Tone refers to the author's attitudes toward the characters and the story, and even toward the implied readers. This might be the most hazy area of literary criticism ever. For one thing, we can't read the author's mind. For another, we can't assume that the narrator's point of view reflects the attitude of the author. We have to make intuitive leaps. If we're lucky, we can find some juicy quotes from the author that help explain the tone, like this one from The Chocolate War's author, Robert Cormier:
The thing I'm trying to do is communicate with the reader – communicate the emotion I want him to feel. I sacrifice everything to that. I want to hit the reader with whatever emotion I want to portray, or whatever action that will make it vivid. […] I want the reader to feel the emotion of the characters. And I would use any word, any unpretty image, to communicate that emotion. (source)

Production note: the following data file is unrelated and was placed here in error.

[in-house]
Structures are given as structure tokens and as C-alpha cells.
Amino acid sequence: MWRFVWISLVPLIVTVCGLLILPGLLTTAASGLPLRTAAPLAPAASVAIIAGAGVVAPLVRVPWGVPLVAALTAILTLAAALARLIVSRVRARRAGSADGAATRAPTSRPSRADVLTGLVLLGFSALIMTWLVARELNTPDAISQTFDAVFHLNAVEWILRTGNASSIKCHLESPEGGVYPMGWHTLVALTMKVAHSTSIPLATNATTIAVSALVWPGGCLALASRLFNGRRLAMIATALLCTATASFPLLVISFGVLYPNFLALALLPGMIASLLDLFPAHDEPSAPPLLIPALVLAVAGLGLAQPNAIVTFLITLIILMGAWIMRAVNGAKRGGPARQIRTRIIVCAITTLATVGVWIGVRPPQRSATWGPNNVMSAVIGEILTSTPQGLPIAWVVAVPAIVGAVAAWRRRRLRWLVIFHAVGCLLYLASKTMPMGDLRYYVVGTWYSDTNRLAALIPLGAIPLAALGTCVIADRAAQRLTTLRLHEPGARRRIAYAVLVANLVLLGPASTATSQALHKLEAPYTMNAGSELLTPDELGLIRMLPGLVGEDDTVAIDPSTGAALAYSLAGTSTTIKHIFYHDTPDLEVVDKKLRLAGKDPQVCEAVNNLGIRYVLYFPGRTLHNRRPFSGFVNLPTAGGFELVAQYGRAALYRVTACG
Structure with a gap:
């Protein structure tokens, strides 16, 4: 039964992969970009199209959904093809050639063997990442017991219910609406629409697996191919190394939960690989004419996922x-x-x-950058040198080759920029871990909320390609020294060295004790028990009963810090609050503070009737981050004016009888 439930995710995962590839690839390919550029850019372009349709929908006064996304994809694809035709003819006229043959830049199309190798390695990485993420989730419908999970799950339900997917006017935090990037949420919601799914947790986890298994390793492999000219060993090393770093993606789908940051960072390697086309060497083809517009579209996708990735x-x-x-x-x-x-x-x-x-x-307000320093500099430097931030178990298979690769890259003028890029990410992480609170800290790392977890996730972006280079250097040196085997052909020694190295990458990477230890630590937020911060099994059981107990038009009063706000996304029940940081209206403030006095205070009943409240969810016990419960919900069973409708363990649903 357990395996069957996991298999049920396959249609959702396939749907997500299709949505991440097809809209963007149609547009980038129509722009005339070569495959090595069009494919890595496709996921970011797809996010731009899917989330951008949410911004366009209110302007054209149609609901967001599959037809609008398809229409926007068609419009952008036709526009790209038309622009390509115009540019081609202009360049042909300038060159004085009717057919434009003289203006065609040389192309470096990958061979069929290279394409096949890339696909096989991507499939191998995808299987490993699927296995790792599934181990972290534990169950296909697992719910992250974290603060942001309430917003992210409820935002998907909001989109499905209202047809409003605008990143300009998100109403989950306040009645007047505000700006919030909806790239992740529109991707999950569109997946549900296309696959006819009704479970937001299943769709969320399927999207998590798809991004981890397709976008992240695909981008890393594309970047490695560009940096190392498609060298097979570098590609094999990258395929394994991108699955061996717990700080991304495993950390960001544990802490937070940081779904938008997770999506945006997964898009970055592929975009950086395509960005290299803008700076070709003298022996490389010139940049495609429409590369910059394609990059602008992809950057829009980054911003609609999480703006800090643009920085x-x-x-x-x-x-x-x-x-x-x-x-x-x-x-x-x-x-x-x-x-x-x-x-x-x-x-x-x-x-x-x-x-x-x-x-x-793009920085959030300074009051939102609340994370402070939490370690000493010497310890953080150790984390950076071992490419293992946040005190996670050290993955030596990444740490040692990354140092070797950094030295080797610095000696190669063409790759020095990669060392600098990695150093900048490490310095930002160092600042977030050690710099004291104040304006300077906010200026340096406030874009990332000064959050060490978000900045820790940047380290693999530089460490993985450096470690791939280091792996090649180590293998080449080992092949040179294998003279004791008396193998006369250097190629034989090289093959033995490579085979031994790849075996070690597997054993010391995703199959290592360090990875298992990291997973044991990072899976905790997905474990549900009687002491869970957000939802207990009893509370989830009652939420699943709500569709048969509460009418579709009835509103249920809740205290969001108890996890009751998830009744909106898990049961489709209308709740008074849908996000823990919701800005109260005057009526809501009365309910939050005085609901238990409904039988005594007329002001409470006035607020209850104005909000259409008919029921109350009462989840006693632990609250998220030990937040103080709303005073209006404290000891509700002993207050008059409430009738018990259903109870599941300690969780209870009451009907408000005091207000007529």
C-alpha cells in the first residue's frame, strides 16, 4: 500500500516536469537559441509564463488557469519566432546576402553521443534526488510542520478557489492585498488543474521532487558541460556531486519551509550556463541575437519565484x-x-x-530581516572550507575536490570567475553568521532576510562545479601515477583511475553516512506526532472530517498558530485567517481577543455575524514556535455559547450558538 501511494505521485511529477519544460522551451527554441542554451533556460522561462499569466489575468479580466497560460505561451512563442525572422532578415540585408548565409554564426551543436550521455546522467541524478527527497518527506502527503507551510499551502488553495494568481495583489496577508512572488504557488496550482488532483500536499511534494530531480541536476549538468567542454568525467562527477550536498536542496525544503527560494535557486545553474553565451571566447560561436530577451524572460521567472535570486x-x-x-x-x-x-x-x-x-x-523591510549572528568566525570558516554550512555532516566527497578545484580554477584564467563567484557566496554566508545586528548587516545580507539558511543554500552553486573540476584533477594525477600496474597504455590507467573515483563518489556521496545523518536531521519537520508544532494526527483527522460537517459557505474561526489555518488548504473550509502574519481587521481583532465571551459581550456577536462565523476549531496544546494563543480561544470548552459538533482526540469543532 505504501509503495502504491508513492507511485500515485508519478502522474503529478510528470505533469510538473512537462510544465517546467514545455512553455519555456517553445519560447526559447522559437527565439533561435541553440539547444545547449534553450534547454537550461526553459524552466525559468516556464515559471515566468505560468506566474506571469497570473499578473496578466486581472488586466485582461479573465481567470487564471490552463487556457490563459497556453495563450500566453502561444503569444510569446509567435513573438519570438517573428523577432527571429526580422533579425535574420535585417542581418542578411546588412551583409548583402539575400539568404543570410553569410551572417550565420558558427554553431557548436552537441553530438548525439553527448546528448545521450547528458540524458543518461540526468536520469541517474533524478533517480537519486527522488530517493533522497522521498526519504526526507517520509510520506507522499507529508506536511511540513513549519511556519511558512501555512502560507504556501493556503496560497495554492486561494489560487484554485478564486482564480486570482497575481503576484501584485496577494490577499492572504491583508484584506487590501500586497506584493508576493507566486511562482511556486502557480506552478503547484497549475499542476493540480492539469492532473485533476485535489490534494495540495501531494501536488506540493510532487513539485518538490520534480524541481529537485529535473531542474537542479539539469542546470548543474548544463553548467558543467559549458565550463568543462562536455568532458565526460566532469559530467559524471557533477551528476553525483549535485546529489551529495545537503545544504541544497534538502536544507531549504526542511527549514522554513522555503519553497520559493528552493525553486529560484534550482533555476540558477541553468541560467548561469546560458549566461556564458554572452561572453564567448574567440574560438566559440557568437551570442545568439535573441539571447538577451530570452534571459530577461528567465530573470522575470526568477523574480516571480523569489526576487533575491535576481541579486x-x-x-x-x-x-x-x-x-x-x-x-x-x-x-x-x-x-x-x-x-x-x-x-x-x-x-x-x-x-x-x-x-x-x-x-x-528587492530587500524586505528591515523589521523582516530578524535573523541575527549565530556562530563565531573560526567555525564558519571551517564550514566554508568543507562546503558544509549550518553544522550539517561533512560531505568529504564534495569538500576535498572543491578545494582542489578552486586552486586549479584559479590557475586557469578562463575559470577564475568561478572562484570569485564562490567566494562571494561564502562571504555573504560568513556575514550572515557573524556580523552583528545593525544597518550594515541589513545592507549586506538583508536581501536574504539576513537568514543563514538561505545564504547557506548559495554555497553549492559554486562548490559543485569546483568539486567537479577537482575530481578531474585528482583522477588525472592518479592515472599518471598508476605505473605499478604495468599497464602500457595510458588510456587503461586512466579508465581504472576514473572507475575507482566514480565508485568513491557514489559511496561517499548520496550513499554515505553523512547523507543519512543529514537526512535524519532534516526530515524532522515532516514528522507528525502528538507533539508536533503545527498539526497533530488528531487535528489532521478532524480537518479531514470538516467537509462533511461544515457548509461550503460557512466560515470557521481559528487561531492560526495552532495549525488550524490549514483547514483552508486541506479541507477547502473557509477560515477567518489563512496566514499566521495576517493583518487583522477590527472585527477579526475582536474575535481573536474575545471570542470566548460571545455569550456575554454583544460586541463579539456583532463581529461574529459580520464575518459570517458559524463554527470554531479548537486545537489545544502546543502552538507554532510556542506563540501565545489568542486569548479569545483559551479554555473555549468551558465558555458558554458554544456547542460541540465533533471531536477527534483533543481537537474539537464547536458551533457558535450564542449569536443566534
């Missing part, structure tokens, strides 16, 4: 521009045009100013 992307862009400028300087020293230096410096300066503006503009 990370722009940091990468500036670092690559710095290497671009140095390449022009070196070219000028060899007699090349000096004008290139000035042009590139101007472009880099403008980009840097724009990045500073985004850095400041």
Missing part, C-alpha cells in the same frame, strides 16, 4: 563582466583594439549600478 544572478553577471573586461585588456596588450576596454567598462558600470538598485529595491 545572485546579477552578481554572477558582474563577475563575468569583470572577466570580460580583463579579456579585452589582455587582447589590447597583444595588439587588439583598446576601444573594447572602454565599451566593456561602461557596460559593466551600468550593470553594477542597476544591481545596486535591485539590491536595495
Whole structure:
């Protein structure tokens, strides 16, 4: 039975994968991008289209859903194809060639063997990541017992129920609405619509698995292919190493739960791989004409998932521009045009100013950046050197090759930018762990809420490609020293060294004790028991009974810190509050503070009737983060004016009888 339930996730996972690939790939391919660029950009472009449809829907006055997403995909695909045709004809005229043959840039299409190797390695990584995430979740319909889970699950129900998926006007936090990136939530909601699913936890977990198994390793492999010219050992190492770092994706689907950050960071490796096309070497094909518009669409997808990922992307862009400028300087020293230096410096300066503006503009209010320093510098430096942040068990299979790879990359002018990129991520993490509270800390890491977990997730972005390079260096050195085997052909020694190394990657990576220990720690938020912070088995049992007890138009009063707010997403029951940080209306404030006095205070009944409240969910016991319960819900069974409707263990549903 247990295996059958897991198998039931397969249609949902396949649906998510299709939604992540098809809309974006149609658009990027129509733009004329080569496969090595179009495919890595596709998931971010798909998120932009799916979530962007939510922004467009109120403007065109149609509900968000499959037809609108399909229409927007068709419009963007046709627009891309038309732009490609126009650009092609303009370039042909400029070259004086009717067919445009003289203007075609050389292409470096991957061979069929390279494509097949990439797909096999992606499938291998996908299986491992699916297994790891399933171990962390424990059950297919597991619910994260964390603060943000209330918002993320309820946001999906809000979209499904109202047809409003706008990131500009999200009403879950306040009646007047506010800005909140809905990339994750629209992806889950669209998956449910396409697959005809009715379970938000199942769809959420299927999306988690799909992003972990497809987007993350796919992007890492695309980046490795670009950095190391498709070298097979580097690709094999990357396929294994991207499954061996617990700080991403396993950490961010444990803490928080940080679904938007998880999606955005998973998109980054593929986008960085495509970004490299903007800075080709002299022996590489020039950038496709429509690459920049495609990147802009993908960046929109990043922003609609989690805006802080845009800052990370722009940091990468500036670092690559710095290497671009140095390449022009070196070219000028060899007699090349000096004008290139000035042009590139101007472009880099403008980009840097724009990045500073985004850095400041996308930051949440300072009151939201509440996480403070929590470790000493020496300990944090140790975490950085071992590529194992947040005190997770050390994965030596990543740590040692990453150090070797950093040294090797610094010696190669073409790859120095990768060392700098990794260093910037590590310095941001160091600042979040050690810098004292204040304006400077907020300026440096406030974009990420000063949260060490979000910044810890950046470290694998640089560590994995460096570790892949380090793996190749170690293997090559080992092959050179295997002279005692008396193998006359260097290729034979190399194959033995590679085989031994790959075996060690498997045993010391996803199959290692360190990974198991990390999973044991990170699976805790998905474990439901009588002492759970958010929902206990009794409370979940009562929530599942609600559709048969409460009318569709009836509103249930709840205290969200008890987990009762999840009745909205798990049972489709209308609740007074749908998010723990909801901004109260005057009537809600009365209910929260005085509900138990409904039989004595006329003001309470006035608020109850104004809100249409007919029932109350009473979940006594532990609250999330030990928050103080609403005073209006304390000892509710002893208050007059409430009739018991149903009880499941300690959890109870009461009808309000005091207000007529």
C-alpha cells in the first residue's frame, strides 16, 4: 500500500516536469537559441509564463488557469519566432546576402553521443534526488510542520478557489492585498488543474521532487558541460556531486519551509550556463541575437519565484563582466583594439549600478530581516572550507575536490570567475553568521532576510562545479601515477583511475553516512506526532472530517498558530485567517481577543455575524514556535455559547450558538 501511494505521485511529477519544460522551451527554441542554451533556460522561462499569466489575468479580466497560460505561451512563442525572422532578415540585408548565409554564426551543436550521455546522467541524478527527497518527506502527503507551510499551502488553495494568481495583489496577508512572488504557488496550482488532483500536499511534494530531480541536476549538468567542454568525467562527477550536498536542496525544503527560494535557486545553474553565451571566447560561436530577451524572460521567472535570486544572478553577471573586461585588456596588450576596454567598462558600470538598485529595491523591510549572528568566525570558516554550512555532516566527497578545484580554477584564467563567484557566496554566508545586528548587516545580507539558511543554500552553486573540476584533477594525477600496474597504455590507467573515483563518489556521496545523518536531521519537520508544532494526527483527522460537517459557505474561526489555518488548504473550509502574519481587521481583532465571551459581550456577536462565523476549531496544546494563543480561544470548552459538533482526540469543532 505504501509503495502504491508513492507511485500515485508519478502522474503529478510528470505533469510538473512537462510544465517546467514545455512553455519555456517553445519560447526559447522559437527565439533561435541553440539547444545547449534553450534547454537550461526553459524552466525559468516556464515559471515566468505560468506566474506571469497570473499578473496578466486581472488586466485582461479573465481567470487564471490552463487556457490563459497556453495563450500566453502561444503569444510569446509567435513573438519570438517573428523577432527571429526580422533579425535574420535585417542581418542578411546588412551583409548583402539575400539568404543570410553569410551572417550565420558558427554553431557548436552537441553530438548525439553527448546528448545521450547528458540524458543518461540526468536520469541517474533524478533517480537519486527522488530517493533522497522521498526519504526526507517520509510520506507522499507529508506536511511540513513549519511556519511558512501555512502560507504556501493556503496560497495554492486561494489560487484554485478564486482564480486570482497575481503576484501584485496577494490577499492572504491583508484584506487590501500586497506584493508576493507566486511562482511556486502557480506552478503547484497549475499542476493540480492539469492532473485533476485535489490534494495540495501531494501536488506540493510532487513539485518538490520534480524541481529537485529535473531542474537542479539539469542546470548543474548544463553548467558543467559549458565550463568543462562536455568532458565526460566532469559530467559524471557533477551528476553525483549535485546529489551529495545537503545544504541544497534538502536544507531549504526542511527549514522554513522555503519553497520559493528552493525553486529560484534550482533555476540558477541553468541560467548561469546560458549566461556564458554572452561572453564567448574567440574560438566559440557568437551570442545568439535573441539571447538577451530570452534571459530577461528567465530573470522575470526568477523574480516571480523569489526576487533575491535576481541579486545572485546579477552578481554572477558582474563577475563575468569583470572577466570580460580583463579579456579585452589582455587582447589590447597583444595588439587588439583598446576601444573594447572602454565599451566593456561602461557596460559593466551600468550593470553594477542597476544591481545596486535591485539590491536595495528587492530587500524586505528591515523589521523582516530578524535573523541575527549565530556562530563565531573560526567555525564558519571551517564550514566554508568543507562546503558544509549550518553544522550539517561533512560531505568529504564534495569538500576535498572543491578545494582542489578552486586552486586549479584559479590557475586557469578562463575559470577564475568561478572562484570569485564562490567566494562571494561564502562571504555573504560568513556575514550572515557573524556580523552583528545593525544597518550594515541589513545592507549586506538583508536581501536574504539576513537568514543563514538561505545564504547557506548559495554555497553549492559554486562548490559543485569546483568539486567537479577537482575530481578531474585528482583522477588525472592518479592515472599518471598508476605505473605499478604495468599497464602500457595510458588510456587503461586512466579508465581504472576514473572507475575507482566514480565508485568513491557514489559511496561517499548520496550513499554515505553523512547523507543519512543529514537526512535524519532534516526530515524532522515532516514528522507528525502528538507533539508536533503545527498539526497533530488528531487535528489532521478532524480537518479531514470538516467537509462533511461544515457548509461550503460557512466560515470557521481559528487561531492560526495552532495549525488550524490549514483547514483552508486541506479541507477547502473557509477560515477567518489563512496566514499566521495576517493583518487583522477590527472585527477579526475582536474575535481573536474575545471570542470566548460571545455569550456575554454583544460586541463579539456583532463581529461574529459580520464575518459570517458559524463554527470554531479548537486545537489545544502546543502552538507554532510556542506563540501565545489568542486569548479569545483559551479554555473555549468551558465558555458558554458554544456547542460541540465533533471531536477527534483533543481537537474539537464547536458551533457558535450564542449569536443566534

This is not to say that there aren't other elements of Cormier's tone in this novel, but the dominant tone is emotional. As the quote stresses, he's trying hard to stir up our emotions, and let us experience a bit of what the different characters are feeling. Is he successful? Does The Chocolate War provoke strong emotions in you? If so, what are some of those emotions, and what actions or images trigger them? If not, why might this be? Do you want the stories you read to make you feel emotional? Why or why not?